Appendix

APPENDIX 3A Preparation of an Iodinated Radioligand

  1. C. Diane True

Published Online: 1 MAY 2001

DOI: 10.1002/0471142301.nsa03as1

Current Protocols in Neuroscience

Current Protocols in Neuroscience

How to Cite

True, C. D. 2001. Preparation of an Iodinated Radioligand. Current Protocols in Neuroscience. 1:3A:A.3A.1–A.3A.6.

Author Information

  1. NEN Life Science Products, North Billerica, Massachusetts

Publication History

  1. Published Online: 1 MAY 2001
  2. Published Print: NOV 1997

Abstract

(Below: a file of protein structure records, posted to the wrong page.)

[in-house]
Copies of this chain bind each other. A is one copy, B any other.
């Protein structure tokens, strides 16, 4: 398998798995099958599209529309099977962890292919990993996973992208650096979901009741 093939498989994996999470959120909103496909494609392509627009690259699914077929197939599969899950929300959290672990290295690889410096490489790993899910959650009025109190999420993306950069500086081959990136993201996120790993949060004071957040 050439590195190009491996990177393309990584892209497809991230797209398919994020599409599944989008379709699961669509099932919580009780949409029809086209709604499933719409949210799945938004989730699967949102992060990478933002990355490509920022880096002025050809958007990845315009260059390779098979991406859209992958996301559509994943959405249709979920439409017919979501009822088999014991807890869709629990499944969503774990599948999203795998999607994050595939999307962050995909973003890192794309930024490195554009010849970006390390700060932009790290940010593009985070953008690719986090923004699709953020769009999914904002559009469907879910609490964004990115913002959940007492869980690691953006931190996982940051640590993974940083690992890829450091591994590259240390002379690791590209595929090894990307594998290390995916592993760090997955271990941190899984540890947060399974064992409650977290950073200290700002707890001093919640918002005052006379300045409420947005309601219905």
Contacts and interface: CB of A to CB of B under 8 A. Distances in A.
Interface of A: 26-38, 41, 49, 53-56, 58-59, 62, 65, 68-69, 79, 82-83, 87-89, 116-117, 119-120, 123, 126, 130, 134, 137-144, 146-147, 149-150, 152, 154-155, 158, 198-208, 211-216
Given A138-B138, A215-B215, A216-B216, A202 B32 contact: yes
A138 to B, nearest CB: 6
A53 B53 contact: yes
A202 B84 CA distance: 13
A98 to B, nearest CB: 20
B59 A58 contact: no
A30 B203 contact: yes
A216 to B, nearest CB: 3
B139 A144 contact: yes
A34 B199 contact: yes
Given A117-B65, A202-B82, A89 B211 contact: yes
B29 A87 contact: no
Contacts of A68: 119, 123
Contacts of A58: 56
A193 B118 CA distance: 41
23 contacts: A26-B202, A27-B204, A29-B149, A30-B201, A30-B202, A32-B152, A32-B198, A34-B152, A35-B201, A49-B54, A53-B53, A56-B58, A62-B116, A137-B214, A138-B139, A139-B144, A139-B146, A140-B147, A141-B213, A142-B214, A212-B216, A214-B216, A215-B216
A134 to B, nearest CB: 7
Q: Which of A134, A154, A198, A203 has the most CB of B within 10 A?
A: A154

Radioactive tracers are useful for receptor measurement and for radioimmunoassays because of the ease with which radioactive ligands are detected. Typical receptor measurement methods include whole tissue receptor assays, autoradiography, and cell and membrane binding assays. The isotopes most commonly used in receptor measurement studies are tritium, carbon-14, and iodine-125, with the choice of isotope most often based on the specific activity required and the sensitivity and type of detection system available. Its high specific activity and easy detection make I-125 ideal for labeling large peptides and proteins. While the short half-life (60 days) of iodine requires frequent replacement with freshly iodinated compounds, this is also an advantage, as unused portions of radioligand can be held for decay and disposed of as nonradioactive waste. This unit describes the iodination of proteins or peptides using the 125I-labeled Bolton Hunter reagent, a convenient, easy-to-use, nonoxidizing labeling reagent.